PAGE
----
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Am J Alzheimers Dis Other Demen. 2004 Mar-Apr;19(2):117-23.

Reducing anxiety in Alzheimer's disease family caregivers: the effectiveness of a nine-week cognitive-behavioral intervention.

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  • 1University of Texas Health Science Center at Houston, Center on Aging, Houston, Texas, USA.


Although the literature is replete with studies examining the psychological concomitants and interventions for Alzheimer's disease (AD) family caregivers, a surprisingly small amount of research exists on anxiety. Given prevalence rates suggesting that anxiety significantly impacts one in three family caregivers, brief group cognitive-behavioral therapy (CBT) interventions may offer assistance. To assess CBT's effectiveness, 38 anxious AD family caregivers were recruited and randomly assigned to a nine-week group CBT intervention or to a waitlist control. Caregivers randomized to CBT demonstrated less anxiety on self-report and clinician-administered questionnaires than waitlist group participants at posttreatment and six-week follow-up assessments. A subsample of caregivers also demonstrated improved sleep, as assessed through actigraph measurements. Additional study is recommended with diverse anxious family caregiving groups to further investigate the effectiveness of brief CBT group interventions.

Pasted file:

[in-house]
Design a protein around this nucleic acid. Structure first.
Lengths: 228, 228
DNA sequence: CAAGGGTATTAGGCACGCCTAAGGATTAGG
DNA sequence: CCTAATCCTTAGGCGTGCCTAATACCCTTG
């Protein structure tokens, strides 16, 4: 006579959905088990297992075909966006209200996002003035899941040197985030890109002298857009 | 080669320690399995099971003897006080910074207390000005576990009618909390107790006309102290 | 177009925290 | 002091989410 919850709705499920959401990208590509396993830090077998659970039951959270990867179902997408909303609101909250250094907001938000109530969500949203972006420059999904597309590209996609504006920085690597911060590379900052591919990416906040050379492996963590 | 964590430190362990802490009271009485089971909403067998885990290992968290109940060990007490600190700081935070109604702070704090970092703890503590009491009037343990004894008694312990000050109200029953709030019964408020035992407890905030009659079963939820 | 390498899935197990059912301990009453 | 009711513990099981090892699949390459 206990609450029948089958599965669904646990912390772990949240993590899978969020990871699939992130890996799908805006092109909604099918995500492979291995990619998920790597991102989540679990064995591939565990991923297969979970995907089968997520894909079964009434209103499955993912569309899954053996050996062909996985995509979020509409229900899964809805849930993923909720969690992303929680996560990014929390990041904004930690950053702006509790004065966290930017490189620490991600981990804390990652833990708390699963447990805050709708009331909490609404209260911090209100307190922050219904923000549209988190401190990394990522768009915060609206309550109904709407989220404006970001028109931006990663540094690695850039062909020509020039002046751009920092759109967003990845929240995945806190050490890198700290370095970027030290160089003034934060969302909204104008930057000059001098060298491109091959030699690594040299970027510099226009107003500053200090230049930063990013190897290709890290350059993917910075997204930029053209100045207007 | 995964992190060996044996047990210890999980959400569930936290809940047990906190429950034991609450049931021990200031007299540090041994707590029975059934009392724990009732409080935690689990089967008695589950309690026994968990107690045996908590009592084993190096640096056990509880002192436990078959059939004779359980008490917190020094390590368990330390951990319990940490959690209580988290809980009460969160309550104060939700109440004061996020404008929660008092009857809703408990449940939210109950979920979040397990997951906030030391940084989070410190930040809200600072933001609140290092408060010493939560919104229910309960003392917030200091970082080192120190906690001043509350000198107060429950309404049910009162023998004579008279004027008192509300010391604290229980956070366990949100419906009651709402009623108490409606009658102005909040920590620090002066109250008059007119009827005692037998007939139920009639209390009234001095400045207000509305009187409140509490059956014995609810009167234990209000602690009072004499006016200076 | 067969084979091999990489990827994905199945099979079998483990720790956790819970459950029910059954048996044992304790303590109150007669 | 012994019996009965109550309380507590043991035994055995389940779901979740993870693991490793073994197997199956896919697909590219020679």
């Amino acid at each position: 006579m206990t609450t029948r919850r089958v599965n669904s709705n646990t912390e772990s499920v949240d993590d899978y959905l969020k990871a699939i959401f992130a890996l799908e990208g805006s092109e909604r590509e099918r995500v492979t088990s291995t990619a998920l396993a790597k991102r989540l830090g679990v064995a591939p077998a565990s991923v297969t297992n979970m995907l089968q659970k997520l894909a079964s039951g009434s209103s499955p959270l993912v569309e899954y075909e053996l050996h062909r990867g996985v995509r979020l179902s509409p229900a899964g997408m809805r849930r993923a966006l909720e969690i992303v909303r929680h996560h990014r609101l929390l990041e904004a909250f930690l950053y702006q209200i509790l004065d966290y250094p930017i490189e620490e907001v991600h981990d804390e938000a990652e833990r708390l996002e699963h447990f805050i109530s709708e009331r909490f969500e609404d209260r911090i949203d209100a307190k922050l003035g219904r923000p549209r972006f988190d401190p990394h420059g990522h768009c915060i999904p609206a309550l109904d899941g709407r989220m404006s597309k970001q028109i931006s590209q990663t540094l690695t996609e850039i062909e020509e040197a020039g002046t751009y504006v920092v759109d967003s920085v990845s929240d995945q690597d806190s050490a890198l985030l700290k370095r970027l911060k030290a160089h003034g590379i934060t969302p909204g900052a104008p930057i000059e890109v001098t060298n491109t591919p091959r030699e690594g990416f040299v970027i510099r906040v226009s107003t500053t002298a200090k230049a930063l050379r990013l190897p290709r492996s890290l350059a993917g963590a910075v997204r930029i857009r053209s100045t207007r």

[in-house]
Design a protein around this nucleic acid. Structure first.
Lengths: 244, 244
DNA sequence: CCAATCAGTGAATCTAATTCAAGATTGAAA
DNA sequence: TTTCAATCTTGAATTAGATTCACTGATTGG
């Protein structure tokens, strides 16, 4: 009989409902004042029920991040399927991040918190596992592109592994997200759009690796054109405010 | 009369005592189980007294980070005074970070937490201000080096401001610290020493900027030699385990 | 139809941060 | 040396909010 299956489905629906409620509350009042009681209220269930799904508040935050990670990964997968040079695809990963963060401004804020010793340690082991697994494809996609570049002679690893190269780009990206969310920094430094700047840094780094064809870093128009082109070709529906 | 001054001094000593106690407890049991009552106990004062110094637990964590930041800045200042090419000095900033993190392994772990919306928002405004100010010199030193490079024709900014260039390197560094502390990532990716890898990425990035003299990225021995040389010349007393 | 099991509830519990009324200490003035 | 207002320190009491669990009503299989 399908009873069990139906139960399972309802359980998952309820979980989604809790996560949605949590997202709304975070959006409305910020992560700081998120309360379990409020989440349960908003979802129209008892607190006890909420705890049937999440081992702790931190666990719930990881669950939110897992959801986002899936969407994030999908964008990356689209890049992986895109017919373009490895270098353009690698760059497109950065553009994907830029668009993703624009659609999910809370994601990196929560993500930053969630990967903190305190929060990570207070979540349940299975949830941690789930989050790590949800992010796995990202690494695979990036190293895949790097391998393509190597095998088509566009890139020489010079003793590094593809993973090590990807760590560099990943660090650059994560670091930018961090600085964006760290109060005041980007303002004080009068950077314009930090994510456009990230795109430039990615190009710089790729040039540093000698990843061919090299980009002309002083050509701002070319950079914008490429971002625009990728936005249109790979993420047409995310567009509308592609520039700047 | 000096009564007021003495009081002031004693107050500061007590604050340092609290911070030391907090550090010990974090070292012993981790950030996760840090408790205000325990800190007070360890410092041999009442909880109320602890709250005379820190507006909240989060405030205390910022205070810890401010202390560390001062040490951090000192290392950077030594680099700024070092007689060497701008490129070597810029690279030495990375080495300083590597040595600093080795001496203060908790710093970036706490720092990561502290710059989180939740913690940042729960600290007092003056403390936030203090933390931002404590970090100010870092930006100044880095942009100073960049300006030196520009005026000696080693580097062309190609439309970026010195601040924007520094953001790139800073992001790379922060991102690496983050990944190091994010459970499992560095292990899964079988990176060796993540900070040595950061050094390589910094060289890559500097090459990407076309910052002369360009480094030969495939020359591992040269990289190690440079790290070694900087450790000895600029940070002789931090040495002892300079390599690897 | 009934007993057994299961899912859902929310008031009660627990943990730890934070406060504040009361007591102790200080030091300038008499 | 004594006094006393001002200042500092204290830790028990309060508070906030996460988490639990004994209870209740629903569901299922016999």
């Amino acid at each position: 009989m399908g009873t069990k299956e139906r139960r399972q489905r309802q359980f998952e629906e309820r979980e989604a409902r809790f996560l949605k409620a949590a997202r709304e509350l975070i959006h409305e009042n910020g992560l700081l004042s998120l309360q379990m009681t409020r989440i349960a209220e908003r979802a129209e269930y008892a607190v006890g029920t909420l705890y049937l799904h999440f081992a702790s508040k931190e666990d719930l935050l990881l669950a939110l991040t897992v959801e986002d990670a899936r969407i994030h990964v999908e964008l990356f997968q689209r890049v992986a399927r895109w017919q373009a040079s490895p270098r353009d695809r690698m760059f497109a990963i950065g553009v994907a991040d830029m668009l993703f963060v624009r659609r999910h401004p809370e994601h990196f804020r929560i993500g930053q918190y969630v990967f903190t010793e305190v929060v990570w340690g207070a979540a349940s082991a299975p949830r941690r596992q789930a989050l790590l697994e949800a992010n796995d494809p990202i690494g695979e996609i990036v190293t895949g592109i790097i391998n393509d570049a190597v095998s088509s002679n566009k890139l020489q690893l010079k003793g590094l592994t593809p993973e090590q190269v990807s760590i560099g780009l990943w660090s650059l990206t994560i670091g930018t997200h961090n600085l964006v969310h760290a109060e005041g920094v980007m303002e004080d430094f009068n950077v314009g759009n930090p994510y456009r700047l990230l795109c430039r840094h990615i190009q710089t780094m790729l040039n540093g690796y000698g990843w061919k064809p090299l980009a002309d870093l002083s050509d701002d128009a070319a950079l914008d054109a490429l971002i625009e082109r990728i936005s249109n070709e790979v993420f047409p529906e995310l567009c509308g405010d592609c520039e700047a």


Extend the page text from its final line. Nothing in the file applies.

[PubMed - indexed for MEDLINE]
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